Author: Yasunaro/ Translated by Basil Hall Chamberlain
Publishing Date: 700s/1981
Written by imperial command in the eighth century, the Kojiki (Records of Ancient Matters) is Japan's classic of classics, the oldest connected literary work and the fundamental scripture of Shinto. Accepted as fact until quite recently, it is a key to the historical roots of the Japanese people-their early life and the development of their character and institutions-as well as a lively mixture of legend and history, genealogy, and poetry. It stands as one of the greatest monuments of Japanese literature because it preserves more faithfully than any other book the mythology, manners, language and traditions of Japan. It provides, furthermore, a vivid account of a nation in the making. The work opens "when chaos had begun to condense, but force and form were not yet manifest, and there was nought named, nought done..." it recounts the mythological creation of Japan by hte divine brother and sister Izanami and Izanagi, tales of the Sun Goddess and other deities, the divine origin of Jimmu the first emperor, and the histories of subsequent reigns. Epic material is complemented by a fresh bucolic vein expressed in songs and poetry.
This famous translation by the British scholar Basil Hall Chamberlain, who "taught Japanese and Japan to the Japanese," is enhanced by notes on the text and an extensive introduction discussing early Japanese society, as well as the Kojiki and its background. Important for its wealth of information, the Kojiki is indispensable to anyone interested in things Japanese.
What is it?
This is a book of Japanese myths as well as stories about the early emperors from Jinmu up until Empress Suiko. Its more fantastical than historical.
Who wrote or made it?
Originally it was written by Yasunaro who is the historian, I believe. However Basil Hall Chamberlain was the translator, and some of the racier passages, unfortunately, were translated into Latin.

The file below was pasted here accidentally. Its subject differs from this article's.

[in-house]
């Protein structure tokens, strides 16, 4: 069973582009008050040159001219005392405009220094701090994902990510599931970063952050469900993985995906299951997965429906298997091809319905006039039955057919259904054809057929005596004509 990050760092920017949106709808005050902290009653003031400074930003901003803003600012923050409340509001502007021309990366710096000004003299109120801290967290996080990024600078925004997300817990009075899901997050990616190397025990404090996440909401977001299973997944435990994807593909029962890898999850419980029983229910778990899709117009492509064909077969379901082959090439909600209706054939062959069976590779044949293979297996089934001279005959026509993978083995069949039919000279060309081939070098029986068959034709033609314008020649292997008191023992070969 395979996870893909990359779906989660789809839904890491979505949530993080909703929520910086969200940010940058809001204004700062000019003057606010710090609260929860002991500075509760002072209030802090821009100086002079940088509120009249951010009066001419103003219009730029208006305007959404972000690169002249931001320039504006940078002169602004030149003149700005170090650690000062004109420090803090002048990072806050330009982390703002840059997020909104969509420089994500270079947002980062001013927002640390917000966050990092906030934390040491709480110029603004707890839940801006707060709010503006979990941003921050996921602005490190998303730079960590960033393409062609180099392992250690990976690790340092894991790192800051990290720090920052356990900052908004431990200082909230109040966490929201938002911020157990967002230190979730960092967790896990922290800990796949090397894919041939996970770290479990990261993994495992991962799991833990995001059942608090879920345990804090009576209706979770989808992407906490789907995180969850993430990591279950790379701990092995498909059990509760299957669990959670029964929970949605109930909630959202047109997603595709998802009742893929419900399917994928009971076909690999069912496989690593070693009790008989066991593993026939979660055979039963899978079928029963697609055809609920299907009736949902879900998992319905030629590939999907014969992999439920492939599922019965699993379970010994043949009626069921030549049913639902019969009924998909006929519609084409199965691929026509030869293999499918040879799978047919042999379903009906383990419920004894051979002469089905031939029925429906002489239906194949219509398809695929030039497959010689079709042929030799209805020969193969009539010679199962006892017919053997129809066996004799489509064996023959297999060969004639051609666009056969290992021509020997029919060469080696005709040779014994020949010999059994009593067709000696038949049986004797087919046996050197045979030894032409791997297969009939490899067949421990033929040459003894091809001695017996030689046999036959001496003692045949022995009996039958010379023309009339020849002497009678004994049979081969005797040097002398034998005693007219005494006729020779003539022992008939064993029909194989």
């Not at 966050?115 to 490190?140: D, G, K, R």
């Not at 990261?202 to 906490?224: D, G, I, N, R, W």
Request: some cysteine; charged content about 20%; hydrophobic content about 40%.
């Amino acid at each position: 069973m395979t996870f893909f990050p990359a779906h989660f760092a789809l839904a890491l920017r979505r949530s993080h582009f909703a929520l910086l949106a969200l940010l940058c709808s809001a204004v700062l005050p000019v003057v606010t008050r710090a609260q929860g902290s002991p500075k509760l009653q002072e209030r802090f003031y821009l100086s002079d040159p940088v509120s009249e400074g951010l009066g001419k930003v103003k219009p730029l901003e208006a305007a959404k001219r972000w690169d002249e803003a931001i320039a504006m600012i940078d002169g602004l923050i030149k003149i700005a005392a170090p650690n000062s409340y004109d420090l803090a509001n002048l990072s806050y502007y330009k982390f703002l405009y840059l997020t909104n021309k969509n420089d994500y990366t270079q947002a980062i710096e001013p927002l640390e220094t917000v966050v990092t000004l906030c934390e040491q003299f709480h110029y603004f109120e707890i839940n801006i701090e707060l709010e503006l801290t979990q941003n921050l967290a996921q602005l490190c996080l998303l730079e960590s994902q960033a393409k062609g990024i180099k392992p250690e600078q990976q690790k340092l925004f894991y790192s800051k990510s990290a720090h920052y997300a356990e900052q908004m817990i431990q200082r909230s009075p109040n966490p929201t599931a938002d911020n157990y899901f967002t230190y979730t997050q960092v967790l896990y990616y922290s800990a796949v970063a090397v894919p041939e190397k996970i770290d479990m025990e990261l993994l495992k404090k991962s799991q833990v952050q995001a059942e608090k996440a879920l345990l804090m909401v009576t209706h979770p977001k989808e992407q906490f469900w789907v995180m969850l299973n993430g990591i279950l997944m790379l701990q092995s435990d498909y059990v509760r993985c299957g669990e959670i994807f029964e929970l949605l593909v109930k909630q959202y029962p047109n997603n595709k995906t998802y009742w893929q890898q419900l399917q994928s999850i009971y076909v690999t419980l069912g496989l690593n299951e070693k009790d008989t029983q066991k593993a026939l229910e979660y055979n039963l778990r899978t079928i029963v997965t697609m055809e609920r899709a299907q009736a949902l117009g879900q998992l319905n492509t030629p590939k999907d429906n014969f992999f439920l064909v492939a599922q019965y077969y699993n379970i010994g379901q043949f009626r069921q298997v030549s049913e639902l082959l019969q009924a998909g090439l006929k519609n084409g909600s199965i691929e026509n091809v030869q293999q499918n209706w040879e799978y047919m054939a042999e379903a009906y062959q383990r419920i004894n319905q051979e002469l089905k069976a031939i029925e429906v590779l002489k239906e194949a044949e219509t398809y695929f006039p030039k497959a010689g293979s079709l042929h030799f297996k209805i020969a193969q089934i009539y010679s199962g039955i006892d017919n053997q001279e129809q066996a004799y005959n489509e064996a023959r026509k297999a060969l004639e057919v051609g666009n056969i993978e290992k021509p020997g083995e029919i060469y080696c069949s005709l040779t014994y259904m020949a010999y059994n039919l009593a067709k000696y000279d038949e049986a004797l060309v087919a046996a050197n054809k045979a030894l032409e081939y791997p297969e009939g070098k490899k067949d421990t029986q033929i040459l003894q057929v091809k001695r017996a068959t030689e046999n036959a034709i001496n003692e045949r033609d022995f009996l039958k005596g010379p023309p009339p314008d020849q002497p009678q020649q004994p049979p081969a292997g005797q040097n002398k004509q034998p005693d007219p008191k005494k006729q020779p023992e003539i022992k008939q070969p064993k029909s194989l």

When was it written or made?
Emperor Temmu asks for its composition sometime in late 600s, but due to some issues, it wasn't until Empress Gemmiyo (708-715) started to rule that Yasunaro made steps to write it and present it to the empress.
Where was it written or made?
I would guess that it was composed in Nara Period of Japan.
How was it written or made?
The story is divided into three volumes,the first deals with creation of the world and ends with the birth of the first emperor named Jinmu. (Sections 1-43, I-XLIII) The second volume begins with reign of Emperor Jimmu and ends with Emperor Ojin's death. (44-118, XLIV-CXVIII). The last volume begins with Emperor Nintoku and ends with Empress Suiko (119-180, CXIX-CLXXX)
Why Was it Written or made?
Emperor Temmu felt that "original words in the possession of the various families deviate from exact truth, and are mostly amplified by empty falsehoods. If at the present time these imperfections be not amended, 'ere many years shall have elapsed, the purport of this, the great basis of the country...will be destroyed. So now I desire to have the chronicles of the emperors selected and recorded...in order to transmit to after ages." (10-11)
I did really enjoy reading The Kojiki by Yasunaro and learning more and more about the ancient Japan. Reading Kojiki helped me have understanding for Japanese culture of today, in particular for Japanese anime such as Princess Momoke and Inuyasha. I also began to wonder at the early people's mentality of why they thought the way they did, why do touches result in children everywhere? What I wasn't very happy with though is that some of the passages are translated into Latin, and I don't know Latin, and what might have helped out is if its mentioned who became the emperor after the previous emperor. And also, the gods' names are all translated into English, and knowing the Japanese short names for them might have been helpful. For example, in what sections can I find the story about the sun Goddess? What English name was she assigned?
I would like to thank Tuttle Publishing for providing me the copy of The Kojiki; Records of Ancient Matters translated by Basil Hall Chamberlain
4 out of 5
(0: Stay away unless a masochist 1: Good for insomnia 2: Horrible but readable; 3: Readable and quickly forgettable, 4: Good, enjoyable 5: Buy it, keep it and never let it go.)